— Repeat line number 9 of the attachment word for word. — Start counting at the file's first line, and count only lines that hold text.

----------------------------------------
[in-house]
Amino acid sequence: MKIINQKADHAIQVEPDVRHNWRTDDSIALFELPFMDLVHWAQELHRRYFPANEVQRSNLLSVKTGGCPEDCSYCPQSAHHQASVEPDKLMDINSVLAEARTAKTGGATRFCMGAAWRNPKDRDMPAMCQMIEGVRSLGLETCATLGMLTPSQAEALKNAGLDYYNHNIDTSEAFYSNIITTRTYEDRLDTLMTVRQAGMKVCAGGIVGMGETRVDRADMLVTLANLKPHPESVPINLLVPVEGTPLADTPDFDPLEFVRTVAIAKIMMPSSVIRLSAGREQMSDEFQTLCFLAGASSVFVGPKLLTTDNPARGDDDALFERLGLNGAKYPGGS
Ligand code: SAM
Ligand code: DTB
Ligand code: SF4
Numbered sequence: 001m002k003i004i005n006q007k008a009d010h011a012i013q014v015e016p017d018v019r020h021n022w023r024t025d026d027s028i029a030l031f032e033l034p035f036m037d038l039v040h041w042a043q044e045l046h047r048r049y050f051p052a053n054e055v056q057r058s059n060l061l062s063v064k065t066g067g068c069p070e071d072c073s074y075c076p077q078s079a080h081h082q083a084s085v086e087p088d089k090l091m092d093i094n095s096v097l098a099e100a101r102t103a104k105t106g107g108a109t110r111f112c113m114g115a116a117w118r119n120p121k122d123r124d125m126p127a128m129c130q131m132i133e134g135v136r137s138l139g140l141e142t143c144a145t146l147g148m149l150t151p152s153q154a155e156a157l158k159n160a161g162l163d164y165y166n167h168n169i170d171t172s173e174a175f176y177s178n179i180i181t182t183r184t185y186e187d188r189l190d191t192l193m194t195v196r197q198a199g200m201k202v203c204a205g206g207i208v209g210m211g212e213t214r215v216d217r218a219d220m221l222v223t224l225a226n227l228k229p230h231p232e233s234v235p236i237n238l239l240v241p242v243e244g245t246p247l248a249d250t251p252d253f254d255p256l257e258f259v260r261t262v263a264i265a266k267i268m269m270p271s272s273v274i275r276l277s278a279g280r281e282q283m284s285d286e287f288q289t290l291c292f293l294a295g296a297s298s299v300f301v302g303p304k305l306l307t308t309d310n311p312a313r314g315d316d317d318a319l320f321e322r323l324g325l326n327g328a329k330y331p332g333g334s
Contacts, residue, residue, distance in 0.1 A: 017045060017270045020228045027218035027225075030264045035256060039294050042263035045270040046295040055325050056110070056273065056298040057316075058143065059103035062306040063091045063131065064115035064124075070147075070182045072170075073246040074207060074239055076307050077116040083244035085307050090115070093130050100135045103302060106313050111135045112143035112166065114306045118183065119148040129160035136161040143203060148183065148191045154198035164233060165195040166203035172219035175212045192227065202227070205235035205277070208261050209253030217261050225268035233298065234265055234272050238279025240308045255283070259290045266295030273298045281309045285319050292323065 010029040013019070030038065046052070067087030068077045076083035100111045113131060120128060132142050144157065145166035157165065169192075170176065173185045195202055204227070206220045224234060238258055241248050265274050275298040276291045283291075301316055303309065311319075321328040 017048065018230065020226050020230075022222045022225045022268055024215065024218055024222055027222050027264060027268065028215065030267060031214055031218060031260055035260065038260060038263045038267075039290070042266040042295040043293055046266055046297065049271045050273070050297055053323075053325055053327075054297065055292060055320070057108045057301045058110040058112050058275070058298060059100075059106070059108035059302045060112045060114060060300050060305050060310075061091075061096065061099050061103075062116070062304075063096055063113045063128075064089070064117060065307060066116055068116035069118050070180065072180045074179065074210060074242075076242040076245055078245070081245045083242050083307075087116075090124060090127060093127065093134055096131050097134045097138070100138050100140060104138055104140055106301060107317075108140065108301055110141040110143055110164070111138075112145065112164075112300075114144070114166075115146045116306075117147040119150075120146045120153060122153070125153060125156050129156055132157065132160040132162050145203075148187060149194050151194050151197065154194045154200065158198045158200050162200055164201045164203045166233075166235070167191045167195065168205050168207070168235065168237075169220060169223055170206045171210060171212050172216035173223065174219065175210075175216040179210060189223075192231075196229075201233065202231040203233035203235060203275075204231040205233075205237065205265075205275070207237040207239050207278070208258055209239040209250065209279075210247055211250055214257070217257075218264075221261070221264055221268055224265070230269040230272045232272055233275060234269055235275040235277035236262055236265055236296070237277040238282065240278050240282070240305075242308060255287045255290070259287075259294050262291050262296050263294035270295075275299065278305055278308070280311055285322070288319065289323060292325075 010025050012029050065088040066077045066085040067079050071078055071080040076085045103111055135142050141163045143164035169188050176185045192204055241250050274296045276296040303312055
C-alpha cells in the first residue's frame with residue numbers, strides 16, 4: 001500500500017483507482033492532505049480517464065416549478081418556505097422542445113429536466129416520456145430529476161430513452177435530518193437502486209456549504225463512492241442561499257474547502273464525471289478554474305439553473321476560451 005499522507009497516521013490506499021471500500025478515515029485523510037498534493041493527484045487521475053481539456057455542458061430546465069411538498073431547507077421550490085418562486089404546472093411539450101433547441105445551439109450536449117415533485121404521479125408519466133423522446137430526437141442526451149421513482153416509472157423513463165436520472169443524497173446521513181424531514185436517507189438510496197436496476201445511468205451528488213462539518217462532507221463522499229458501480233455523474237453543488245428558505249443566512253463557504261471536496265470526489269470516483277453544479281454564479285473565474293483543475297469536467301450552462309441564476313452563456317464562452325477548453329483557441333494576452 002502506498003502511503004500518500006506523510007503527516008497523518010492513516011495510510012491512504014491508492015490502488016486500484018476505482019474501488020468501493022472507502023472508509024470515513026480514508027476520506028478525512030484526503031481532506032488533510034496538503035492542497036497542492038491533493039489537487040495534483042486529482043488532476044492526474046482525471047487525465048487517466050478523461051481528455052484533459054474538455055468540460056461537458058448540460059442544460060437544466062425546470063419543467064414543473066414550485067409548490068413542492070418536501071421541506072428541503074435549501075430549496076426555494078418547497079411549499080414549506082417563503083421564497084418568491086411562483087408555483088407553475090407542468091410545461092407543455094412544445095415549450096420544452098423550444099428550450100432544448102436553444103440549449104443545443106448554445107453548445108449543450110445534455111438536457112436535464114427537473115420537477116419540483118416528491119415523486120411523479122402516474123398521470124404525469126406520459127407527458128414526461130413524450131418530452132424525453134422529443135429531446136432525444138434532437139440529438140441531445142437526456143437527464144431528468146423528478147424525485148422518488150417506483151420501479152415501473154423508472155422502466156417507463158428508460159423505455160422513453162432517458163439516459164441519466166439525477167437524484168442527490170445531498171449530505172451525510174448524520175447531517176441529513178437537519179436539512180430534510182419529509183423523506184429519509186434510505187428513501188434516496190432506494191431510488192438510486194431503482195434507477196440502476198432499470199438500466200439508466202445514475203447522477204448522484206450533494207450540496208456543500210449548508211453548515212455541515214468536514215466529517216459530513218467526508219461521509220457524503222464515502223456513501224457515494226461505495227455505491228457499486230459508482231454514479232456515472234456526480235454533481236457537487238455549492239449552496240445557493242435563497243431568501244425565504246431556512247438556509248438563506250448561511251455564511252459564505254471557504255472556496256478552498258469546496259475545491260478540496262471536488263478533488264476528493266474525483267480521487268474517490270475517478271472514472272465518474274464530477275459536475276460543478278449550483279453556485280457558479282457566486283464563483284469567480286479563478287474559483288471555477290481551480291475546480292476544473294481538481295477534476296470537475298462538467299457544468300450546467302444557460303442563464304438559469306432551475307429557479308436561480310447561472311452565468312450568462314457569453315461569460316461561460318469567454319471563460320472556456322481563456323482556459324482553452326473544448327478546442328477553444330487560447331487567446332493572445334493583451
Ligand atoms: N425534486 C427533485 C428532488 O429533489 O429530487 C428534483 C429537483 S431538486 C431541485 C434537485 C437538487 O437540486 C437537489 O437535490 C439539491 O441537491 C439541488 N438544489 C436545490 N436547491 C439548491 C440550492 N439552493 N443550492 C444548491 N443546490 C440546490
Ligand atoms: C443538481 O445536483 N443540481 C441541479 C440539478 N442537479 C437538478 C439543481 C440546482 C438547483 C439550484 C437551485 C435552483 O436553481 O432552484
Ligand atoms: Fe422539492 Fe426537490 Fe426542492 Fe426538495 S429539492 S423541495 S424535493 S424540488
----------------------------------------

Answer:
Ligand atoms: N425534486 C427533485 C428532488 O429533489 O429530487 C428534483 C429537483 S431538486 C431541485 C434537485 C437538487 O437540486 C437537489 O437535490 C439539491 O441537491 C439541488 N438544489 C436545490 N436547491 C439548491 C440550492 N439552493 N443550492 C444548491 N443546490 C440546490